London is a beautiful city, with its many monuments and sights. For the Olympics, the central part of the city was decorated with flags and mascots. The venues were at suburbs in different corners of the city, and each route was also festive, with signposts and impressive teams of volunteers dressed in the pink chosen as the colour for this Olympics. Since most of the Olympic routes passed through the centre of the city, managing peak hour traffic must have been a major challenge and it was met very well. The Olympic stadium itself was the farthest out of the city, with another two venues on the way, and right at the end an enormous new shopping complex at Westfield. Coming out of the tube station, the crowd was so thick that the ticket barriers were kept raised. One day we heard a volunteer calling out loudly over the public address system, in a tone traditionally reserved for the wholesale vegetable market, “No need to take out your tickets, ladies and gentlemen! And in case you don’t have a ticket, that’s just fine, we don’t mind at all!” We laughed, but couldn’t help wondering what the scene would be like after a few weeks, and whether these huge stores could possibly get the kind of custom they needed to sustain themselves just from the local population.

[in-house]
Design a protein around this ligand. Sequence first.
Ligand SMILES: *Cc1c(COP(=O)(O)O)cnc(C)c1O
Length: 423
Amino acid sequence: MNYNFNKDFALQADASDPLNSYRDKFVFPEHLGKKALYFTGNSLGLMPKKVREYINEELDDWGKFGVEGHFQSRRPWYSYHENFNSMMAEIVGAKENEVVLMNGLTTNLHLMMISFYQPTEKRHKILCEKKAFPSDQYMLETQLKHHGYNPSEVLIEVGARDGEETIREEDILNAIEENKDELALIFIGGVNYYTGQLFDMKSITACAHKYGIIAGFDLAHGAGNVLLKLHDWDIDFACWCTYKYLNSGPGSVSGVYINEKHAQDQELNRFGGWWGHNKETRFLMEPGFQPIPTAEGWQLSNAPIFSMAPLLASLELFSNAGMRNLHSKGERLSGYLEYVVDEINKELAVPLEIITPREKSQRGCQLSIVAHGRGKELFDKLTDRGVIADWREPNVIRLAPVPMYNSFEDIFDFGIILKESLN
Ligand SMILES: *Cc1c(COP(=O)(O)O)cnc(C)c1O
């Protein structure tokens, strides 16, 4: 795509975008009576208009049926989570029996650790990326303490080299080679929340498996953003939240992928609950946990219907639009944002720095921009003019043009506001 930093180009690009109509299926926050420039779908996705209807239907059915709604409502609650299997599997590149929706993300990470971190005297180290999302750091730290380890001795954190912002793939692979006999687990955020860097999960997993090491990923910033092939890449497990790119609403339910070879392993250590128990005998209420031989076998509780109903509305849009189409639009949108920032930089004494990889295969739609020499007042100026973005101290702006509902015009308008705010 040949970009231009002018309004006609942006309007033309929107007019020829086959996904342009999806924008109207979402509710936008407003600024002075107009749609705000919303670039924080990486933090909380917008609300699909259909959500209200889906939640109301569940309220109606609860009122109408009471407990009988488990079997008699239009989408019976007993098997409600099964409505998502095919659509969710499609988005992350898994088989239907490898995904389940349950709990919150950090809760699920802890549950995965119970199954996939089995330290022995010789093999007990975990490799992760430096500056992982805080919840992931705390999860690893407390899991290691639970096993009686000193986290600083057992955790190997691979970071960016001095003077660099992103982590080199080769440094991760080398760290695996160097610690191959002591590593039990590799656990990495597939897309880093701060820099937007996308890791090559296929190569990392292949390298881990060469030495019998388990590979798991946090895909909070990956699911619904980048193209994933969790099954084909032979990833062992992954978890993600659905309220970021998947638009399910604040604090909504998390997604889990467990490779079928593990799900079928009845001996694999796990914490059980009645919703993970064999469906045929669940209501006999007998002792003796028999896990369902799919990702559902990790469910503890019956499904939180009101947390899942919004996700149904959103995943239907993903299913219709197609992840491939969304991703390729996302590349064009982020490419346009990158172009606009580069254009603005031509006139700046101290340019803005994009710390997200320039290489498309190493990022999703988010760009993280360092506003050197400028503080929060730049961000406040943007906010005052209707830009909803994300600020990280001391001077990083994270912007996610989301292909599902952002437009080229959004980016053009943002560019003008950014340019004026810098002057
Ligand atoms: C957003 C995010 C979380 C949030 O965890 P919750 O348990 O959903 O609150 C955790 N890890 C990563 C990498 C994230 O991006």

It wasn’t just the people in England who were out making merry – even the sun was smiling and the clouds and frosty wind stayed away while the games were on. So persuasive was this weather that the British sportspeople couldn’t help but win one gold medal after another and the celebrations across the country rose to a higher level. This run of British gold medals unfortunately cost India one and our star hope, Mary Kom did not make it.
By now everyone knows Mary’s story, her background of poverty; her immense talent and the number of world championships she has won – including two after her twin boys were born; her supportive husband; her sweet, uncomplicated nature and her love for singing! It was so like Mary that, after weeping for an hour, the first thing she did was apologize to the country.